Questions arise over effectiveness of Fredericton police body-worn cameras
On the heels of Fredericton City Council voting unanimously this week to move forward with a five-year body-camera program, some councillors and researchers are calling for more details to be released about results from the city’s pilot project.
Council voted Monday to purchase six cameras after a “successful” 90-day pilot project last year. Several councillors told Global News they are hoping for more information to be released by next week with more specifics about the pilot program results.
University of Toronto criminology doctorate student Erick Laming said he has spent the last four years researching the effectiveness of police-worn body cameras. Laming said there isn’t enough research in Canada to prove whether or not they work, or don’t.
In a Skype interview, Laming said there is only one confirmed agency that has standardized the equipment in Canada, which is the Amherstburg Police Service in Ontario.
“It’s very limited with over 180 police services in Canada, only a handful have actually tested,” Laming said.
He said it’s strange there hasn’t been any more information released to the public by the Fredericton Police Force, and said the pilot project data should already be available to members of council and citizens.
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“What that says to me is blind faith,” Laming said. “These councillors are putting blind faith into this process that the service pilot went well, the fact that there’s really been no results is really concerning and I think the public should be raising questions about this, at least from my experience from reading some things from this pilot.”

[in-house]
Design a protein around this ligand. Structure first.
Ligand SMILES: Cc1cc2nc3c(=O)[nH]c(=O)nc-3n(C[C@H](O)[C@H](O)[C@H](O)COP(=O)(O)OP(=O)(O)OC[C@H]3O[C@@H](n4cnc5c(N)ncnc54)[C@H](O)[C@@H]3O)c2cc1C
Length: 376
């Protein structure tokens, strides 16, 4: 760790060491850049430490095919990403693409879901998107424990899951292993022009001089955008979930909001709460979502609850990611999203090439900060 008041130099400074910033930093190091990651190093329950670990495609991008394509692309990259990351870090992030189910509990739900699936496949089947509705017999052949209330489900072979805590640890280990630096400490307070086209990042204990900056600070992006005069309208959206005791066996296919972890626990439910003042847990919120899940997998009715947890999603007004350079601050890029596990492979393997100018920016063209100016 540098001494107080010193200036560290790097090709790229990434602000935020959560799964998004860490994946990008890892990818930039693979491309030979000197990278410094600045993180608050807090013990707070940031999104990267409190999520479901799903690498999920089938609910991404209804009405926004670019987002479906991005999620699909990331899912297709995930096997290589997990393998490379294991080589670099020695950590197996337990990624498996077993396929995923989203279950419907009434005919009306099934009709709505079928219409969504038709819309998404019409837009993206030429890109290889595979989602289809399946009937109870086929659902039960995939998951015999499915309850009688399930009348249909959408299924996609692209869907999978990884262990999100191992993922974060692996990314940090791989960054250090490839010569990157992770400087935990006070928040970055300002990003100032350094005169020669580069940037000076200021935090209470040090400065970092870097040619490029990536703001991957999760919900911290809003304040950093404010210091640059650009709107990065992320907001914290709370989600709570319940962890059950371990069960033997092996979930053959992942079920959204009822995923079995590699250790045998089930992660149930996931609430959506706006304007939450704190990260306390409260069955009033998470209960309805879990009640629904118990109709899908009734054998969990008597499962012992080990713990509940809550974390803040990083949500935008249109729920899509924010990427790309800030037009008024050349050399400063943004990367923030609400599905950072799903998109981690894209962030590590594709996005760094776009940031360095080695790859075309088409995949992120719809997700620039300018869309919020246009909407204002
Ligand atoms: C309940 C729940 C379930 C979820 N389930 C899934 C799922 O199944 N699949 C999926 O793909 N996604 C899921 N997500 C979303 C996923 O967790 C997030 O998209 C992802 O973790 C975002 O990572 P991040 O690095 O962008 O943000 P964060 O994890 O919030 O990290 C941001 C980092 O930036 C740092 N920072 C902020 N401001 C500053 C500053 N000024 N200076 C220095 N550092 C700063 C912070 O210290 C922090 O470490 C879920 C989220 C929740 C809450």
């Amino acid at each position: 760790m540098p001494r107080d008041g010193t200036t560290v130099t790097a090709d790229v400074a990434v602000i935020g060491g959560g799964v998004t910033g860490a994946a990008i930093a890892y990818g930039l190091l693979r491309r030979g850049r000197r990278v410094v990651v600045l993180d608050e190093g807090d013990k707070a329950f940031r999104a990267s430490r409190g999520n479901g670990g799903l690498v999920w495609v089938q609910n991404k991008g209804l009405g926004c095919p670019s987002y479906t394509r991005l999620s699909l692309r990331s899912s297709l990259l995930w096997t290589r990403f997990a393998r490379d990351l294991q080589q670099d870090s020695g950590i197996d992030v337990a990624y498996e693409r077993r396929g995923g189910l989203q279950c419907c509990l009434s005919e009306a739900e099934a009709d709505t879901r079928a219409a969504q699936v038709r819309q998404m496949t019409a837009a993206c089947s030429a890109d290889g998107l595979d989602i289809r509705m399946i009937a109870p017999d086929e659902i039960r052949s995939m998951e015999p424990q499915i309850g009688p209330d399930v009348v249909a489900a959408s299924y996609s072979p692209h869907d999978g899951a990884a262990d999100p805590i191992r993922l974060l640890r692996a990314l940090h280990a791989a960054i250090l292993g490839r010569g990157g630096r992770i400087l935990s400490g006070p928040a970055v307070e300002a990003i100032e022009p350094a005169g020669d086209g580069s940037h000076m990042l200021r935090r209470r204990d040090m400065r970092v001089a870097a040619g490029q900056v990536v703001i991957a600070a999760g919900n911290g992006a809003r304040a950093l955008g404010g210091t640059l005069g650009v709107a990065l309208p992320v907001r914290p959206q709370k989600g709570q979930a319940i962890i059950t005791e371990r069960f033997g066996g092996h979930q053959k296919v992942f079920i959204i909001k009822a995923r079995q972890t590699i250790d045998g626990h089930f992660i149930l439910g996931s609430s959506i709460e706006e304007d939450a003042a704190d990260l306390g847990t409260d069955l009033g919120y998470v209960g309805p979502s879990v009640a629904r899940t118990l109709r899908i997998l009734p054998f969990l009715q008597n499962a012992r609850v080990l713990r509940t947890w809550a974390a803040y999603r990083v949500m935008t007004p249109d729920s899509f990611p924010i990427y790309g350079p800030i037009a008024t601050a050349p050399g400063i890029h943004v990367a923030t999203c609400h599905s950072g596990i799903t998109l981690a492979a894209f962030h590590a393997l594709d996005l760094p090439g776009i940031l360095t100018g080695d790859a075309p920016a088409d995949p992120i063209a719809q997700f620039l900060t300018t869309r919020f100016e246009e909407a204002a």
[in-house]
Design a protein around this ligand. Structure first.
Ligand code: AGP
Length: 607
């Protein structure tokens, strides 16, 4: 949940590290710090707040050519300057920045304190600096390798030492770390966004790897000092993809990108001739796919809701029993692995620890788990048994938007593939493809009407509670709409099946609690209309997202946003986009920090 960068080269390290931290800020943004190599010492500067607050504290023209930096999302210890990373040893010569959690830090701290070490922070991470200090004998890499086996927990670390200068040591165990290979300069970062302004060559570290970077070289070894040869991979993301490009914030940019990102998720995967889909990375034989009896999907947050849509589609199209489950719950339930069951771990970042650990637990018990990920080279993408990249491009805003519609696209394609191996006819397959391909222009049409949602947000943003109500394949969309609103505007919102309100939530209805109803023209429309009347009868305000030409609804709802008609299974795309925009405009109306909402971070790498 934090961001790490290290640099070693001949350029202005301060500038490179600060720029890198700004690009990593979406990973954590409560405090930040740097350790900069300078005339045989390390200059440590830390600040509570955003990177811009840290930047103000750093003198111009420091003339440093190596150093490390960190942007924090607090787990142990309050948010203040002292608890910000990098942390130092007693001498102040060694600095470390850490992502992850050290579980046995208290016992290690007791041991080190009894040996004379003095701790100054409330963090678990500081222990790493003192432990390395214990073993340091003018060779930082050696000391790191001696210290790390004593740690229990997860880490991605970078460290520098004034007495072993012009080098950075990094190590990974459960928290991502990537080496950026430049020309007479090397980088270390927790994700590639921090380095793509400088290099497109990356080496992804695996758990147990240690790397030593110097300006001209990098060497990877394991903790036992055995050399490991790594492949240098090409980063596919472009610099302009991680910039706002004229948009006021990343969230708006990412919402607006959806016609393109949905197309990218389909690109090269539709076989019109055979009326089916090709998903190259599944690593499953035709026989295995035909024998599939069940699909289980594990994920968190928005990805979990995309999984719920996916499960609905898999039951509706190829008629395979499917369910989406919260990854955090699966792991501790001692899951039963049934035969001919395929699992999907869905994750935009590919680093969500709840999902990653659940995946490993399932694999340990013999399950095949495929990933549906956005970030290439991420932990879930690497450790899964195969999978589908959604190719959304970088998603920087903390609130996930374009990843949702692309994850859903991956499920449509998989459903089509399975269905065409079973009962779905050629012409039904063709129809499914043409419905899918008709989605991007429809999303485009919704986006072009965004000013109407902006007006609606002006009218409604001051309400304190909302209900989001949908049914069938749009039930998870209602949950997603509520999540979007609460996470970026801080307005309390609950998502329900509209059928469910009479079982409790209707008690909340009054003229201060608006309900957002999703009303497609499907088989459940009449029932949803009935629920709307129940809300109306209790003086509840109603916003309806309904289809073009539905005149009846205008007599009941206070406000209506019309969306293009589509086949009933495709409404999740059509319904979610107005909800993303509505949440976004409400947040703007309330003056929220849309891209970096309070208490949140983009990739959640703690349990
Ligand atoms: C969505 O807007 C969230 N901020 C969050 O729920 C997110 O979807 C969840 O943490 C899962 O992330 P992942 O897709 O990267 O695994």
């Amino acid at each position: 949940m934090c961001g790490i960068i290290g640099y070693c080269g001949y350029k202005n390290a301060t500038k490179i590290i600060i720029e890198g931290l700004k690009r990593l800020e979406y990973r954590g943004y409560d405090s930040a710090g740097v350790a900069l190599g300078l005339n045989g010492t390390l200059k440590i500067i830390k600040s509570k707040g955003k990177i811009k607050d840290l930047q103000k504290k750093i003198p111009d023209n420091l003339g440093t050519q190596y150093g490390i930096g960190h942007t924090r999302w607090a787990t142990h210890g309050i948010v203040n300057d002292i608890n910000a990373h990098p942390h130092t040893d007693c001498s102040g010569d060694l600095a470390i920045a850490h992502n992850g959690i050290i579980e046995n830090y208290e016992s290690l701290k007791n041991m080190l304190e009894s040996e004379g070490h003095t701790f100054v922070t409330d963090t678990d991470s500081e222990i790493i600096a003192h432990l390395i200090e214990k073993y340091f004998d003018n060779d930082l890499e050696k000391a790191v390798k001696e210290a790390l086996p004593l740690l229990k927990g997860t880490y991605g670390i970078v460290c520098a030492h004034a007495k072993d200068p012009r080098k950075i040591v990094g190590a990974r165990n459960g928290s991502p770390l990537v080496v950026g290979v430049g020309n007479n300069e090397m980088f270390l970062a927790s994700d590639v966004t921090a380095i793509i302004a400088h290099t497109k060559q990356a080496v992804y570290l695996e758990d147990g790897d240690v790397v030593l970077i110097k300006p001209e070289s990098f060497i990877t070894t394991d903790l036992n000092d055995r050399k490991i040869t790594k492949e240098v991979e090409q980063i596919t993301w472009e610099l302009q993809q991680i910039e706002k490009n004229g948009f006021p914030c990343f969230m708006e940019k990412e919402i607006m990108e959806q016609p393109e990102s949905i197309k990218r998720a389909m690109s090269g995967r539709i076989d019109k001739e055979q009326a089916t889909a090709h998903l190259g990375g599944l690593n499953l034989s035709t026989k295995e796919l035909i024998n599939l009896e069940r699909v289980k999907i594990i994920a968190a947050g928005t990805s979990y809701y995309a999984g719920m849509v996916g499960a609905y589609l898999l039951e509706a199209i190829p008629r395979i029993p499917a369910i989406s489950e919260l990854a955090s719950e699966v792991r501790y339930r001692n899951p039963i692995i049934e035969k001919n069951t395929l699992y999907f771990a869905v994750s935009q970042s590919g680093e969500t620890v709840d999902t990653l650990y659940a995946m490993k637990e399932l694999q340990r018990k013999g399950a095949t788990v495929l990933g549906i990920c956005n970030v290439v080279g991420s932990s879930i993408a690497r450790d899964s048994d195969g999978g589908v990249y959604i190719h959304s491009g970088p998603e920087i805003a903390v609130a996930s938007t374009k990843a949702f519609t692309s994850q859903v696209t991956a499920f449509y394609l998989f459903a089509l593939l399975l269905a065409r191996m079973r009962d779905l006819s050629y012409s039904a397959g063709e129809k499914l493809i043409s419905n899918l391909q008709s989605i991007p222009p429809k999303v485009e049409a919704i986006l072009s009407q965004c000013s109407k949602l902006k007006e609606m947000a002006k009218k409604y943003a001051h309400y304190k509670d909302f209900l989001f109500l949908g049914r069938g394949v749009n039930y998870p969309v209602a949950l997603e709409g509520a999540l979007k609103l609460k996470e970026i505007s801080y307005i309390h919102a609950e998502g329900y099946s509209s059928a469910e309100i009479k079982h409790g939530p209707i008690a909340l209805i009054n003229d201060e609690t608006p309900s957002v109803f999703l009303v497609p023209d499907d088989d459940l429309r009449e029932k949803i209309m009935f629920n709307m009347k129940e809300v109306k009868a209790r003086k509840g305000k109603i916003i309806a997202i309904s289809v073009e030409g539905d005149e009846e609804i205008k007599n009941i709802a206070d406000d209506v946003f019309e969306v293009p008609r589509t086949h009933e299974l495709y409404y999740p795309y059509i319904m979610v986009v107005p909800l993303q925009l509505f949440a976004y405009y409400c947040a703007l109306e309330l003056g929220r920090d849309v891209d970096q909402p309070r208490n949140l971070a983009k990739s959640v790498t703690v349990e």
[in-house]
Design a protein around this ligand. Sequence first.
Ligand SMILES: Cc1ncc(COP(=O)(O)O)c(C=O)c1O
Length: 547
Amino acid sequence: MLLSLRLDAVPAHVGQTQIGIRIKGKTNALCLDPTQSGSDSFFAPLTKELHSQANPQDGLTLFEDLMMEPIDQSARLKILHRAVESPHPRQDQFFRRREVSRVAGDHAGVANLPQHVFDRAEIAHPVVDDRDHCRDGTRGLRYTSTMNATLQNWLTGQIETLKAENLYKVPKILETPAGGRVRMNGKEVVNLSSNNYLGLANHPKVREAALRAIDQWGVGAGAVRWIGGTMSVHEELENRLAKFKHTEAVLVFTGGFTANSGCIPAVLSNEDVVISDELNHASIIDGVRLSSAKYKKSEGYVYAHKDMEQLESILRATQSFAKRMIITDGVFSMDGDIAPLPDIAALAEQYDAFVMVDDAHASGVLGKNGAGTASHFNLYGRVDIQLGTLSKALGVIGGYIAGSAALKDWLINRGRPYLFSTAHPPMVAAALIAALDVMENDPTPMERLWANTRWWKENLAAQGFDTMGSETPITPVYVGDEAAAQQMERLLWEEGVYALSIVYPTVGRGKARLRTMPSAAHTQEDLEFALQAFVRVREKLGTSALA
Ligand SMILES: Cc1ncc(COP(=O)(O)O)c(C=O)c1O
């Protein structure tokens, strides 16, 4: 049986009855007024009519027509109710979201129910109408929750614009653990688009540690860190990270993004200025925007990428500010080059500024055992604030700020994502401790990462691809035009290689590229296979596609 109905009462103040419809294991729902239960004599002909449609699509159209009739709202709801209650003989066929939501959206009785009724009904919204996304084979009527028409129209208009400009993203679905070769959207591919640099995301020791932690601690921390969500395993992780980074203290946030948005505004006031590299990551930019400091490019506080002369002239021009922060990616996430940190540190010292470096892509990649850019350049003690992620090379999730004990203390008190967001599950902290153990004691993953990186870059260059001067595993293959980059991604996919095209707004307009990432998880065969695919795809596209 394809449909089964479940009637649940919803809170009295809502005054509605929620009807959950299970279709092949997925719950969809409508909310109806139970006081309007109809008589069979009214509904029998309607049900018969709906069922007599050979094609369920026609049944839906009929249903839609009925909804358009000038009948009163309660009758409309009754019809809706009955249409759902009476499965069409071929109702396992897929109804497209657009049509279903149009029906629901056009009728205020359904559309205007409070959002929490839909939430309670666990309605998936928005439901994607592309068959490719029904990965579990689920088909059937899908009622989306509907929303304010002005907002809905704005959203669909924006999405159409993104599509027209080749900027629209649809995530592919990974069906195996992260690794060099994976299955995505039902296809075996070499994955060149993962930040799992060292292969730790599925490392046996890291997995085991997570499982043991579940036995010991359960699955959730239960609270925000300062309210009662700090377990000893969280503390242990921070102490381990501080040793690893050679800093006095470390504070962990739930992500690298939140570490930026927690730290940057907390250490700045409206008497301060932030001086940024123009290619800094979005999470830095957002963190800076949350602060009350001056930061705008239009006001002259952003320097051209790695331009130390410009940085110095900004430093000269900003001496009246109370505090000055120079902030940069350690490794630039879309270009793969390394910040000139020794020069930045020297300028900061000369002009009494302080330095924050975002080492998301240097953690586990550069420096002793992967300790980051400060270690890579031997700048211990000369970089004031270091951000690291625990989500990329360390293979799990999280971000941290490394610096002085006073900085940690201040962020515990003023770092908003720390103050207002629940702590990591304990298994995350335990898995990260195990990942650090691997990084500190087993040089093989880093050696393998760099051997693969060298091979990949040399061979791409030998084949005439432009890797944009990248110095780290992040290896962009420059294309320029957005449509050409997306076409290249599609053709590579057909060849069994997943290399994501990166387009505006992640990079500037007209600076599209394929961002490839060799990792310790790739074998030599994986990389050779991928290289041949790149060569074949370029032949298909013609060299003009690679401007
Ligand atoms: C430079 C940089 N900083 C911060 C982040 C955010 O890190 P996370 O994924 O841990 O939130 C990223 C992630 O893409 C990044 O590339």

Councillors told Global News they have full confidence in the program. A spokesperson from the city confirmed Thursday there will be more information released soon about the pilot program results.
In May, Fredericton Deputy Chief Martin Gaudet told media the six officers who took part in the initial pilot gave the cameras a satisfaction rating of over 80 per cent.
Laming said that’s not enough information to confirm whether or not the cameras had an impact.
“I don’t even know what that means,” Laming said. “So if that’s your only communication to the public about this pilot so far, it’s really bad that you’re going to go ahead and adopt them permanently entering into a long-term contract.”
He said there’s no proof that body cameras improve community relationships, reduce the use of force, improve evidence, or reduce complaints against officers.
Gaudet told Global News in March 2017, they will enhance the transparency of the police force and continue to build public trust.
Laming said he wants to know what the goals of the pilot program were as well, and if it was successful in terms of meeting those goals.
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